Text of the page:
Natural cellular molecules that control vital plant immune responses have been found, according to two studies conducted by scientists at the Max Planck Institute for Plant Breeding Research in Cologne, Germany, and their Chinese counterparts. These substances exhibit all the characteristics of being tiny messengers designed by plants to activate important defense-control hubs.
Scientists and plant breeders may be able to build molecules that make plants, including most of the significant agricultural species, more disease-resistant by utilizing these discoveries.
By 2050, global food production must double to feed the additional two billion people who will be inhabiting the planet by that time. To improve food production, several of the staple crops must yield more.
In order to do this, policies must be put in place to make plants more resistant to tiny infectious agents and to guarantee that food production is safe for the environment. To do this, one must have a thorough grasp of the plant immune system, which refers to the defenses that plants develop in response to invading microbes.
The research team led by Jijie Chai and Jane Parker from the Max Planck Institute for Plant Breeding Research in Cologne as well as the University of Cologne, Germany, in partnership with Junbiao Chang’s team at Zhengzhou University in Zhengzhou and Zhifu Han and colleagues at Tsinghua University in Beijing, China, have now discovered two classes of molecules and established their mechanisms of action in modulating immune responses inside plant cells.
Their study opens the door for the development of bioactive small molecules that might help scientists and plant farmers increase plant tolerance to harmful microbes.
Nucleotide-binding leucine-rich repeat receptors, or NLRs for short, are proteins that play a key role in the major immunological approach used by plants. Invading microbes trigger NLRs, which then trigger defensive immune reactions. These immune responses result in the so-called hypersensitive response, which limits pathogen development and frequently causes precisely defined cell death at the infection site, analogous to amputating a toe to protect the body’s survival.
Enhanced Disease Susceptibility 1 (EDS1) has been found to receive signals from a subclass of NLR proteins known as TIR-NLRs (or TNLs), which include the so-called toll/interleukin-1 receptor (TIR) domain. Additionally, signals from smaller TIR-containing proteins activate EDS1 and increase disease resistance.
Depending on the kinds of other proteins it interacts with, EDS1 operates as a regulatory hub that directs plant cells to either stop pathogen development or go into cell death. TNL receptors and TIR proteins were previously demonstrated to be pathogen-induced enzymes. According to the available data, these TIR enzymes create a tiny messenger or messengers that communicate with EDS1 inside of cells.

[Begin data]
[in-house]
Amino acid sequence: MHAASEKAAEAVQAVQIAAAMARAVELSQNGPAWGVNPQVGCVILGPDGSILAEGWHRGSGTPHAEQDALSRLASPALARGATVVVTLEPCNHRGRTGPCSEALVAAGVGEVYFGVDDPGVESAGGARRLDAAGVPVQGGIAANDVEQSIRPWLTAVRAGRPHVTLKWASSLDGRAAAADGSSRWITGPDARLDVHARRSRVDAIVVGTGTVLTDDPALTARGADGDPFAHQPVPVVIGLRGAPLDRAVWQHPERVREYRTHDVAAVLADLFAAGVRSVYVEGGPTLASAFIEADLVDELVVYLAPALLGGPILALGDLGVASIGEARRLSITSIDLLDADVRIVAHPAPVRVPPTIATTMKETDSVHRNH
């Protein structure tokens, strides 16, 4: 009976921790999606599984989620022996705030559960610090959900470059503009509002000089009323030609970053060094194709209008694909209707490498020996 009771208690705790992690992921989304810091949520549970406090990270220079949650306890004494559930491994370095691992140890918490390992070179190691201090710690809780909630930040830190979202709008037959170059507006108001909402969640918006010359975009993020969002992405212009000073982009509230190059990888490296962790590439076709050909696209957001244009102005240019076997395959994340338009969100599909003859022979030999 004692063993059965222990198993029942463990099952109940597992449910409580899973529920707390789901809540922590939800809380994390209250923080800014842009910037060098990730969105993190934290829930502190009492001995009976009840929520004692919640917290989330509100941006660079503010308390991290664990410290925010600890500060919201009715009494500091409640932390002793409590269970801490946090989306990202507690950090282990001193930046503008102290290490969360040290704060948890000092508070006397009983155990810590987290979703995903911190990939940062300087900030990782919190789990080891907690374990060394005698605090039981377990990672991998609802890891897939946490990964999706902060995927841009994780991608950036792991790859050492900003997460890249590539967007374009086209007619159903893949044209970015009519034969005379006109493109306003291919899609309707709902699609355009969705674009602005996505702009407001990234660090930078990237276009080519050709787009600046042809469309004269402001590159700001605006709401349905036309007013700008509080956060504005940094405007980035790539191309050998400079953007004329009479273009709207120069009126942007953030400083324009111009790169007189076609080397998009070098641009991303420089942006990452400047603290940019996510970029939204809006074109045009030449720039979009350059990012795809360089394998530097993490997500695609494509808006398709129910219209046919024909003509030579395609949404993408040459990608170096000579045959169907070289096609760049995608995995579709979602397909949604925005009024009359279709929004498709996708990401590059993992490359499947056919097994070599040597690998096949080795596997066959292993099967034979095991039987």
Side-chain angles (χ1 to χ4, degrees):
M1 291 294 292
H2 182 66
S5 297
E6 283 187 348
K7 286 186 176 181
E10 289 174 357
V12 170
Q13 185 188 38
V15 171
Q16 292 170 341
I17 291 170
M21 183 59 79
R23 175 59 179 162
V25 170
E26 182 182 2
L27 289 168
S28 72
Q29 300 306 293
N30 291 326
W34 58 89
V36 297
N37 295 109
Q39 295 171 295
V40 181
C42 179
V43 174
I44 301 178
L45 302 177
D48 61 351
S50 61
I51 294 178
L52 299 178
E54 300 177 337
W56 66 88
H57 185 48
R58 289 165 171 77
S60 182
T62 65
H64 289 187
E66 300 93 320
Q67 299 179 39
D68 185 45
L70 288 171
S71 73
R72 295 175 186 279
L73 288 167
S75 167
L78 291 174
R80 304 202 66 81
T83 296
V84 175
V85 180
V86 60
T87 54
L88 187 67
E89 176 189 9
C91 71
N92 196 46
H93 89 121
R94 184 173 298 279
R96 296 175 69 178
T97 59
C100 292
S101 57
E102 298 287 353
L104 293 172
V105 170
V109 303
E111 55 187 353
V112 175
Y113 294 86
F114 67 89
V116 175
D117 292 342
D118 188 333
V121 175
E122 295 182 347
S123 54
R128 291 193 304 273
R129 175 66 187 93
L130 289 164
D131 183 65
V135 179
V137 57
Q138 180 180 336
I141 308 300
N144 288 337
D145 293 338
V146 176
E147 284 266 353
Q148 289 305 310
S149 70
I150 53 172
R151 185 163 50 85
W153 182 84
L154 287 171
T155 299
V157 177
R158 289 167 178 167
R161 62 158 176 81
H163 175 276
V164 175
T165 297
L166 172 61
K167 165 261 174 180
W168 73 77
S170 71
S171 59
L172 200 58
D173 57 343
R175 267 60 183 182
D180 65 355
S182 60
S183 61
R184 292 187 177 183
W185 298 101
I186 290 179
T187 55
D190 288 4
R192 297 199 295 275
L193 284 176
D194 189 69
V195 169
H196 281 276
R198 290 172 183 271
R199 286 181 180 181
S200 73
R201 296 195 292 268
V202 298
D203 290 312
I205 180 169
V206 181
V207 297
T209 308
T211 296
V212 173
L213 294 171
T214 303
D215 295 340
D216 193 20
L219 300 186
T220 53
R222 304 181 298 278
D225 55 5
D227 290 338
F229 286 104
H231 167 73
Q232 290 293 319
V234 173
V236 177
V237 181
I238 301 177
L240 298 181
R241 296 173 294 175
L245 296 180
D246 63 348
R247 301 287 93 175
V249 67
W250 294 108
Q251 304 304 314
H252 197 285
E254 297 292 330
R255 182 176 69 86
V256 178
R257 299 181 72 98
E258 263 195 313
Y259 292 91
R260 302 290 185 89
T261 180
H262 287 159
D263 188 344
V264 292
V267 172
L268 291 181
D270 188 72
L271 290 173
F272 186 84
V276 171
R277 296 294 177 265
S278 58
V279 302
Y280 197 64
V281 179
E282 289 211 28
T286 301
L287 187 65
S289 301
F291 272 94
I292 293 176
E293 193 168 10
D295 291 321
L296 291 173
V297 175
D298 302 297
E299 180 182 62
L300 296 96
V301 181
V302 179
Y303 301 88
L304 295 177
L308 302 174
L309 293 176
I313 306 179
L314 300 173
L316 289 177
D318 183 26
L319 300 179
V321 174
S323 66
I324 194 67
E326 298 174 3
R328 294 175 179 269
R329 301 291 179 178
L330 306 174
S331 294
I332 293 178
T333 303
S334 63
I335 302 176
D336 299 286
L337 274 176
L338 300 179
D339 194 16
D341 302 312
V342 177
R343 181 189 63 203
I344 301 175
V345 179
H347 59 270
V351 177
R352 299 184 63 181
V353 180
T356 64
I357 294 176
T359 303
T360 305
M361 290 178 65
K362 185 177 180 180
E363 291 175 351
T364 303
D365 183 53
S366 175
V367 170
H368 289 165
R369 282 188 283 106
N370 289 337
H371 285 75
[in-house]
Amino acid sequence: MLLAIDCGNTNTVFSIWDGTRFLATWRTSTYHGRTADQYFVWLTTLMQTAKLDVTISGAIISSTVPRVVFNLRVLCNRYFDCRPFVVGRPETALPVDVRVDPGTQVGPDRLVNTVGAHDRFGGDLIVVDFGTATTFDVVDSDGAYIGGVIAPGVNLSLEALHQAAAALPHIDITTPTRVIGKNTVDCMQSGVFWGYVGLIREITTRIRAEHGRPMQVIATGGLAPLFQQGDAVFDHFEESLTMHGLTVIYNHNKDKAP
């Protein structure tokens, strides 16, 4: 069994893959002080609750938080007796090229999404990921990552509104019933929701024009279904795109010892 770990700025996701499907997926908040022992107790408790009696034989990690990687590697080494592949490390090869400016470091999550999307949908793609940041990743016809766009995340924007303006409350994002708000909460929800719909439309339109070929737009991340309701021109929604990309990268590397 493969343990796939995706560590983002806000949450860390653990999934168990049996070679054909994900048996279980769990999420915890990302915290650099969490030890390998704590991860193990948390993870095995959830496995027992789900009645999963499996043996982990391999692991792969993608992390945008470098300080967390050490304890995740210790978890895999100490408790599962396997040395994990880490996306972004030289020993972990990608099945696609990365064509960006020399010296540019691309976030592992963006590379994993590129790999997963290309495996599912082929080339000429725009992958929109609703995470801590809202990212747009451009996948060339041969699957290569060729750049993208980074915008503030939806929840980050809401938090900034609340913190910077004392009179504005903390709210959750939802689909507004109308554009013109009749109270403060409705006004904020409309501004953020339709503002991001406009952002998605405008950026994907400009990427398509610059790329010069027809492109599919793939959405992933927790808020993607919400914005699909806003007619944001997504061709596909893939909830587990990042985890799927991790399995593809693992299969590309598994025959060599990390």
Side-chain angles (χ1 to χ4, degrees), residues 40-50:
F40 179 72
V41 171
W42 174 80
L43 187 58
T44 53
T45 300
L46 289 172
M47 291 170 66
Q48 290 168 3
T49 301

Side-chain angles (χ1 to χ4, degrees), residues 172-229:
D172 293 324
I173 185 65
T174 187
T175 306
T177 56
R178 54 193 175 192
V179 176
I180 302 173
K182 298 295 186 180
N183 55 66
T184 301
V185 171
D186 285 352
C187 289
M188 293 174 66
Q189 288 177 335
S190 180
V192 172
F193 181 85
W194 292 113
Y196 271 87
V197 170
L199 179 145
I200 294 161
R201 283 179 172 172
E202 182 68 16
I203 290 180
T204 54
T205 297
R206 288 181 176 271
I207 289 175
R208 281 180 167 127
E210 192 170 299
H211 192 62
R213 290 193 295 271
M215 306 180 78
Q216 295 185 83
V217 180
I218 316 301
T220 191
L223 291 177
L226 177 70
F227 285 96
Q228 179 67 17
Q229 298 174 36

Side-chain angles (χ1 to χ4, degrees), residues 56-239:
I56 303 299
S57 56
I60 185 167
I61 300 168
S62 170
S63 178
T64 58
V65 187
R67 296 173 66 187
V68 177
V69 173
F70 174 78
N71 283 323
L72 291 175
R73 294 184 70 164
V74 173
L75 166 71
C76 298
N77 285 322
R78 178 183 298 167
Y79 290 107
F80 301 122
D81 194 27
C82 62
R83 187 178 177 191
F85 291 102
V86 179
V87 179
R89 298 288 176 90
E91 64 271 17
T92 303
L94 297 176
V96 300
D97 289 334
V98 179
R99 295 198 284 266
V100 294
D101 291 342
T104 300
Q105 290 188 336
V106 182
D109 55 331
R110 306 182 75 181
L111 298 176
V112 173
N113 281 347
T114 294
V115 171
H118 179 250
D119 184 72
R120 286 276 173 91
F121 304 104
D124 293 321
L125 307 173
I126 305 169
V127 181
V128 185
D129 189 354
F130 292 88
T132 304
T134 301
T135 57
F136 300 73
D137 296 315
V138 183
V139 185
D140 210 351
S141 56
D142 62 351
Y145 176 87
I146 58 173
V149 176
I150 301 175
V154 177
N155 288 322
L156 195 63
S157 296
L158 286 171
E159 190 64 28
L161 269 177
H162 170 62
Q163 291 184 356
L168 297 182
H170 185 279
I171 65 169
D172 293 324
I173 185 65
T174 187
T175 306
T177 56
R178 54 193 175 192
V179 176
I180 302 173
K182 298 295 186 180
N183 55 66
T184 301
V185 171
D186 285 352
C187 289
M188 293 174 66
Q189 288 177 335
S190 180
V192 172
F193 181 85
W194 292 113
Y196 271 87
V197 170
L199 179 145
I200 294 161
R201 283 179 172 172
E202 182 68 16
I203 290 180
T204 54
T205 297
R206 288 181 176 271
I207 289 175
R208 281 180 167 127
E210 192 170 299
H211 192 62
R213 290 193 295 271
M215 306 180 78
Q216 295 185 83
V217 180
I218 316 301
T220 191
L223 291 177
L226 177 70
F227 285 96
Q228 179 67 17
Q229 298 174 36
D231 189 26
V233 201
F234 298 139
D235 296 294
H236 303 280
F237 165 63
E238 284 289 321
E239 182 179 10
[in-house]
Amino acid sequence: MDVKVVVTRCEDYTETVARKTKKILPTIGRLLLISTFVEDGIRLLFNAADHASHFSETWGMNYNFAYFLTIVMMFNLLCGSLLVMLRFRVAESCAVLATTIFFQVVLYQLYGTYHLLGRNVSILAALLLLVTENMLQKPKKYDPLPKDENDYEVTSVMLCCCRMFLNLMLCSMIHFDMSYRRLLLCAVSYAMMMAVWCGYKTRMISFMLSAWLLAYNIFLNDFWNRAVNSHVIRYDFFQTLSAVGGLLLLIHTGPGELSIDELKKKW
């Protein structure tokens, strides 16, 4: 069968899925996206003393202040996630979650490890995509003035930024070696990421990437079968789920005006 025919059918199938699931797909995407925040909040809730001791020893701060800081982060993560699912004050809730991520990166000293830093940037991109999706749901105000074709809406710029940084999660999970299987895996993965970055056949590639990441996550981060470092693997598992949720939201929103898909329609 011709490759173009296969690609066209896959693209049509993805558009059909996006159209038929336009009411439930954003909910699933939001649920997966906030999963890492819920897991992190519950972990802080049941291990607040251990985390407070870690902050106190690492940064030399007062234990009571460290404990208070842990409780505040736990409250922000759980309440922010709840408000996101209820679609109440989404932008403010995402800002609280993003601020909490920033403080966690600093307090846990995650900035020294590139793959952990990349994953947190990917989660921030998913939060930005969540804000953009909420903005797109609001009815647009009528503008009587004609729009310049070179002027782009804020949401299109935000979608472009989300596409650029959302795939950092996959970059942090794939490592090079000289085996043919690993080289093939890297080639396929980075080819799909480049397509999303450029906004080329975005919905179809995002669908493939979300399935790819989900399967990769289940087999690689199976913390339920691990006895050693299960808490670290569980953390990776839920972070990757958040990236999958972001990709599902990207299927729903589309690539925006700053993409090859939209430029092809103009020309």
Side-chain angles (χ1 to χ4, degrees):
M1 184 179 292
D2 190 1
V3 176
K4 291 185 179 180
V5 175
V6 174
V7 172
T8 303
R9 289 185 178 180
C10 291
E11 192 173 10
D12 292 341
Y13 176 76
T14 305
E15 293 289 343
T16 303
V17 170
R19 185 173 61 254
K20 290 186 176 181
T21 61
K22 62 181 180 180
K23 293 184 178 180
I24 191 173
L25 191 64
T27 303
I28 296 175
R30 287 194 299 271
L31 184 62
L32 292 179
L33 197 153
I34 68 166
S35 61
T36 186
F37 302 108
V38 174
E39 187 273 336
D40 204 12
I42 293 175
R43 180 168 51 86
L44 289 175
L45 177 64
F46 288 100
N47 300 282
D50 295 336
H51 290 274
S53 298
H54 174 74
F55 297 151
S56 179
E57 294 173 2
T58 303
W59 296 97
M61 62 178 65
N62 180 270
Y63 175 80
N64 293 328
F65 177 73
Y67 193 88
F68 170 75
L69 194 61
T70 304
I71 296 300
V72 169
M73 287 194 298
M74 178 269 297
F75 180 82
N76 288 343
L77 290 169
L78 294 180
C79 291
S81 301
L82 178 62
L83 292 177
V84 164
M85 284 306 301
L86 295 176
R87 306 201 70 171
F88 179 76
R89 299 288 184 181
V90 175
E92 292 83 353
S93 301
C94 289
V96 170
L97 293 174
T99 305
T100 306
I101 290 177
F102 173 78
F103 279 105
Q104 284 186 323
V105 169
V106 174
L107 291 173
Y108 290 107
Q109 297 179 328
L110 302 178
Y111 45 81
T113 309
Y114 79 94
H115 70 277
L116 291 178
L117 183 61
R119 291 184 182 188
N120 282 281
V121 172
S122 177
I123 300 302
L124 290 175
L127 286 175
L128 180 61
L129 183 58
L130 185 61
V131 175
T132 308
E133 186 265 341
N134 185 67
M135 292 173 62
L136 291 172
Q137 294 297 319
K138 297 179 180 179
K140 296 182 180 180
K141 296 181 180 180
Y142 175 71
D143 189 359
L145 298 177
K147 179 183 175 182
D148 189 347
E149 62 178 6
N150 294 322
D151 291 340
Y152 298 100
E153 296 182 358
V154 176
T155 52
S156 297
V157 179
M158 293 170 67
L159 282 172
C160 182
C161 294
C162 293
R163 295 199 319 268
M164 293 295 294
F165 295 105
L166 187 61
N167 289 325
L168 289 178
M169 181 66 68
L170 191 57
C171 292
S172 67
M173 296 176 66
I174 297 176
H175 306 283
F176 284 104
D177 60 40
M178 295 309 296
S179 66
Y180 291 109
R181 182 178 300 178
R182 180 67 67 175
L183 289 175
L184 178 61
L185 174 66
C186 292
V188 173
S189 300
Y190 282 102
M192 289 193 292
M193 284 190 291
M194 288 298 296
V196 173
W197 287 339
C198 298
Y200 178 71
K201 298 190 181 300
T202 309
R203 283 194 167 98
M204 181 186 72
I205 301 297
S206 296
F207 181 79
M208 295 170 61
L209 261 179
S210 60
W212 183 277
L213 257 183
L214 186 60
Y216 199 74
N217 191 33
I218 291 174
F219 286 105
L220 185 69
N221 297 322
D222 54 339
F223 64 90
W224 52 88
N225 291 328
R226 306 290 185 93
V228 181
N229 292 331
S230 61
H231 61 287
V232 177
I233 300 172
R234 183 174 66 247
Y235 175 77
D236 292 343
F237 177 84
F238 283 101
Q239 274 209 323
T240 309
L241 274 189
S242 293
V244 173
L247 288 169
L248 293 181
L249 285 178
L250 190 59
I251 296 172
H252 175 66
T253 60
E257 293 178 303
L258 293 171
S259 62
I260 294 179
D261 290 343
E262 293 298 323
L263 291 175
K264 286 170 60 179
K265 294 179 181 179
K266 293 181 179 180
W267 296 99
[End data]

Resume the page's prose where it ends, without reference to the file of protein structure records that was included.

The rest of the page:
The identities of the particular chemicals produced by TNLs or TIRs and responsible for activating the various immune responses, however, have remained unknown.
Parker and colleagues demonstrated that pathogen-activated TNL enzymes within plant cells may activate the two functioning EDS1 modules causing immunity or cell death.
The Chai group recreated crucial elements of the signaling pathway in insect cells, a method that permits the creation and purification of large amounts of molecules that can subsequently be separated and characterized, to discover the small molecules generated by TNLs or TIRs and that operate upon EDS1. The scientists found two distinct groups of modified nucleotide molecules made by TNLs and TIRs using this method.
Different EDS1 sub-complexes were selectively bound to and triggered by these substances. As a result, the scientists show how certain EDS1 sub-complexes identify specific TIR-produced compounds, which serve as information-carrying chemicals and stimulate immune responses.
There are numerous significant crop species, including rice and wheat that include the TIR immune receptors and the EDS1 hub proteins.
The identified TIR-catalyzed small molecules could be employed as general and natural immunostimulants to control crop diseases.”
Jijie Chai, Scientist, Max Planck Institute for Plant Breeding Research, University of Cologne
Jane Parker concludes, “knowing the biochemical modes of action of these small molecules opens a whole new chapter on plant immunity signaling and disease management.”
Jia, A., et al. (2022) TIR-catalyzed ADP-ribosylation reactions produce signaling molecules for plant immunity. Science. doi.org/10.1126/scienceabq3297/8180.